Mugabe content to play the waiting game

After a June election that the world derided as a sham, Zimbabwe’s longtime president signed a unity government deal with the opposition last month that allows him to keep his job.

But his cronies in the Cabinet who would lose power are now baulking. As Zimbabwe descends into financial and humanitarian chaos, Mugabe appears content just to wait for the opposition to yield to his demand for more choice Cabinet seats.

For decades, Mugabe has consistently shown that he is more interested in power than the fate of his people. In contrast, the opposition Movement for Democratic Change is pained by the delays in instituting reforms that could help Zimbabwe’s hungry masses.

Mugabe has even more leverage because he has never been afraid to use violence against his rivals. His police, soldiers and party militants drove opposition leader Morgan Tsvangirai out of the June presidential run-off with attacks on opposition supporters.

And he has been using violence for years. Soon after Mugabe took over after independence from Britain in 1980, his troops were accused of massacring rivals in the western Matabeleland province. In 2005, his government brutally cleared out slum areas seen as opposition strongholds.

Even as Mugabe signed the power-sharing deal three weeks ago, he sounded far from defeated.

In a nationally televised speech, he offered to teach opposition members how to govern, noting they had had little experience — but not acknowledging that was because he had used violence and fraud to keep them out of office.

At one point during the speech, Tsvangirai held his hand to his head in disbelief. Since then, the two have been unable to agree on how to share the Cabinet, with Tsvangirai accusing Mugabe of trying to hold on to the most powerful posts.

The main disputes have been over who would control the police, defence, justice, finance, foreign affairs, information and local government.

Control of the security forces is particularly sensitive. Top generals have said publicly they would never salute Tsvangirai. Mugabe could, as he has threatened to do, simply name his own Cabinet, with or without opposition members. That he has yet to do so indicates some concern about the reaction of his neighbours and the West.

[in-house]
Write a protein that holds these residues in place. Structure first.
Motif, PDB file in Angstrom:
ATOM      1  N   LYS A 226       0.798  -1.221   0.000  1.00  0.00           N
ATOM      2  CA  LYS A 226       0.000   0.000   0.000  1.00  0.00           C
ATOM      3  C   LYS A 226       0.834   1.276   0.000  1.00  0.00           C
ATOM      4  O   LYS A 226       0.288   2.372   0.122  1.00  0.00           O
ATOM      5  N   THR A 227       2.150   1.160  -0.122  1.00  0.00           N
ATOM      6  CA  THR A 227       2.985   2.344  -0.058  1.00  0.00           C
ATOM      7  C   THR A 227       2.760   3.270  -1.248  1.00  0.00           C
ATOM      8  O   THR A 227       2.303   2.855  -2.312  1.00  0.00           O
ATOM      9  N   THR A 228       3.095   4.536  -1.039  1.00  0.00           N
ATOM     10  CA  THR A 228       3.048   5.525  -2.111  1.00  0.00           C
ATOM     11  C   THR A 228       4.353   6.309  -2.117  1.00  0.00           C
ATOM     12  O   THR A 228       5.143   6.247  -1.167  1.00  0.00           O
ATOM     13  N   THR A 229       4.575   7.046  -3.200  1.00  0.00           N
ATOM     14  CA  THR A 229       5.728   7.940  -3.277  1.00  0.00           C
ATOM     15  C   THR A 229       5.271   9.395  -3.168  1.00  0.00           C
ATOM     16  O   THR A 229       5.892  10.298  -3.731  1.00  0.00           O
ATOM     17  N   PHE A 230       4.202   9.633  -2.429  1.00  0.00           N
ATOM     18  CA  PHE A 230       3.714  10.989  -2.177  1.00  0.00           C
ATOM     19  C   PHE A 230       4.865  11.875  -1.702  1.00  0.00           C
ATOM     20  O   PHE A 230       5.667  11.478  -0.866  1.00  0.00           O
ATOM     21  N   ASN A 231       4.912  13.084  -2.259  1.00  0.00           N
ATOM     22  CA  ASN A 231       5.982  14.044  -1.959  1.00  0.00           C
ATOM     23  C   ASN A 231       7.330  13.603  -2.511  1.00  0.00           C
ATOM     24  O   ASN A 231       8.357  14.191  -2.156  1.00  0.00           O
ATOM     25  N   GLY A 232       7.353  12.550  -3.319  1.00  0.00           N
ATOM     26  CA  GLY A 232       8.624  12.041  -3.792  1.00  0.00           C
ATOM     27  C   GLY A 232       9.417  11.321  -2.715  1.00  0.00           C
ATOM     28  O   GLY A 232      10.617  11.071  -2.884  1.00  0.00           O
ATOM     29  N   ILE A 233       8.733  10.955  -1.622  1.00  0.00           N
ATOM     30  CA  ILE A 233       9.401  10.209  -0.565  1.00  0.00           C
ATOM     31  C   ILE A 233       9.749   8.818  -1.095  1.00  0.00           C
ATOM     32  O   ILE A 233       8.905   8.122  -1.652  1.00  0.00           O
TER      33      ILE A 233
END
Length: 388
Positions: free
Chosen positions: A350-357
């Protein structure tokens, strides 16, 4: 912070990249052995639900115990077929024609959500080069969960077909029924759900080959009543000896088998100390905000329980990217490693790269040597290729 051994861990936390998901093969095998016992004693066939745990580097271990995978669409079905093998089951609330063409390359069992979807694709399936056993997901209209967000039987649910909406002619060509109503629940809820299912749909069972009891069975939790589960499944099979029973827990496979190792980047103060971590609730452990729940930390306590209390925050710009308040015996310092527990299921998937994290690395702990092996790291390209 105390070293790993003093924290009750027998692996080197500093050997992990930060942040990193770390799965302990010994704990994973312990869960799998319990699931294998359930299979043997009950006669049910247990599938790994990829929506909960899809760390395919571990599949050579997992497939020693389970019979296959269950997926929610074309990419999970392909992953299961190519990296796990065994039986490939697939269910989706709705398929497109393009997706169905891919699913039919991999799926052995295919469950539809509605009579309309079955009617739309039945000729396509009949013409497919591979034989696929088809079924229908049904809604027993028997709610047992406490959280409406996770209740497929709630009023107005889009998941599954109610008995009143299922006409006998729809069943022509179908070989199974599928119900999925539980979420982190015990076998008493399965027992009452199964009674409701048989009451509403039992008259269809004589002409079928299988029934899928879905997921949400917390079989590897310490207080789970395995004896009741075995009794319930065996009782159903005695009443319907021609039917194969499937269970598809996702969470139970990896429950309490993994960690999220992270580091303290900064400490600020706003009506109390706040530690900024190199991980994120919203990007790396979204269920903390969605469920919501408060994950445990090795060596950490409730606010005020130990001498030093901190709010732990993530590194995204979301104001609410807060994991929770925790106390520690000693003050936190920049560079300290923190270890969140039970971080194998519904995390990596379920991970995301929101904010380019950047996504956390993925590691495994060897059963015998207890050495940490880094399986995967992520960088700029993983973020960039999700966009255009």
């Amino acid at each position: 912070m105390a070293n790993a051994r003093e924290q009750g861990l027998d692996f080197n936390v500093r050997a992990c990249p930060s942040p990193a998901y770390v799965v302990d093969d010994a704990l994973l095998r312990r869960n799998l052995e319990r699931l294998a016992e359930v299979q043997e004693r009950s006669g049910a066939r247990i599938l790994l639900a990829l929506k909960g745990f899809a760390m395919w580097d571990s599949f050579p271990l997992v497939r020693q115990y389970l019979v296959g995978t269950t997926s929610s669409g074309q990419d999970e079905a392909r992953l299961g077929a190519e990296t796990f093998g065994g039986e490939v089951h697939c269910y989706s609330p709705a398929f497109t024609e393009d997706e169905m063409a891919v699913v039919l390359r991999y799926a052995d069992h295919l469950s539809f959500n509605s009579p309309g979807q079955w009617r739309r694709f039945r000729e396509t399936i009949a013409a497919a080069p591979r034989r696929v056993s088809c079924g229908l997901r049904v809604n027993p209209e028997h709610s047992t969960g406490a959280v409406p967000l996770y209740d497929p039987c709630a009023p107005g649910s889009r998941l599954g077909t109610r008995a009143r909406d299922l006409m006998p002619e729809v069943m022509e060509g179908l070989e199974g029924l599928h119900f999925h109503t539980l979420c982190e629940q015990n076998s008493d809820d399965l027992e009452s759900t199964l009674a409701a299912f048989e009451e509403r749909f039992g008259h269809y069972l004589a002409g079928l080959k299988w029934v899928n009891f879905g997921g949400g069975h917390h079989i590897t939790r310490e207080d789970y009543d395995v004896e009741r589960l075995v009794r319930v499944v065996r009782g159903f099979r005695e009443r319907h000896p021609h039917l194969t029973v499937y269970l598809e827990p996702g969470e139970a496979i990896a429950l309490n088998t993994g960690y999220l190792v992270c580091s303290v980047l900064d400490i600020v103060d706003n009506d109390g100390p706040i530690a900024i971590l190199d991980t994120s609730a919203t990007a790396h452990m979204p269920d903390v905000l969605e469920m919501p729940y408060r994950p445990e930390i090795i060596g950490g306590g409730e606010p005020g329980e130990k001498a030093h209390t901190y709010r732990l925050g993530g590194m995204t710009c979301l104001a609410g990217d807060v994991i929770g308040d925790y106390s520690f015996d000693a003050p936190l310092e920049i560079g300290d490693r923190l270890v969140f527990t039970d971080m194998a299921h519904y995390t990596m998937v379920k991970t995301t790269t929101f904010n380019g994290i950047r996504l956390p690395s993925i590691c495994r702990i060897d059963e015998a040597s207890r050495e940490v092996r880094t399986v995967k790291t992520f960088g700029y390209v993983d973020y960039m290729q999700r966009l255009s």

But he could still try to portray the opposition as the stumbling block at a time when Zimbabwe needs a true leader to tame its hyperinflation — an economic crisis some have compared to the situation in Germany after World War I.

Zimbabweans are suffering chronic shortages of hard currency, cash, food and all basic goods and medicines. Aid agencies say at least five million people, about half the population, will need food handouts by January.

Under the power-sharing deal, Mugabe remains president and head of the Cabinet. As prime minister Tsvangirai heads a council of ministers — in effect, the Cabinet without Mugabe present — responsible for government policies, a complex arrangement Mugabe could exploit by playing on tensions within the opposition.

Mugabe’s party gets 15 Cabinet seats, Tsvangirai’s party gets 13 and a smaller breakaway opposition group led by Arthur Mutamabara gets three.

Critics, including Zimbabwean labor, religious and human rights groups that traditionally back Tsvangirai, say the deal should never have been struck. They say what Zimbabwe needs now is an apolitical administration with neither Mugabe nor Tsvangirai that could prepare for new elections.

The opposition has called on African leaders such as former South African President Thabo Mbeki, who mediated the power-sharing agreement, to step back in. But African leaders have had very little success in the past in influencing Mugabe.

If the opposition has any leverage, it is with the broader international community. Western powers are ready to unblock aid and investment — but only if Tsvangirai is established as the main decision-maker.

British Foreign Secretary David Miliband said on Monday that European Union sanctions will not be lifted until Mugabe and the opposition agree on a new administration.

Mugabe, though, insists that his country doesn’t need its former colonial power and blames his country’s economic woes on Western sanctions.

His critics counter that Zimbabwe’s severe decline began in 2000 with Mugabe’s orders to seize white-owned farms, ostensibly to help impoverished black Zimbabweans. Most of the farms seized went to Mugabe loyalists instead, devastating the country’s agricultural base.

While banks in the capital are besieged daily by poor people trying to withdraw pittances to buy bread, Mugabe loyalists have easy access to foreign currency and can play off currency discrepancies on the black market. Some are getting rich amid the chaos. – Sapa-AP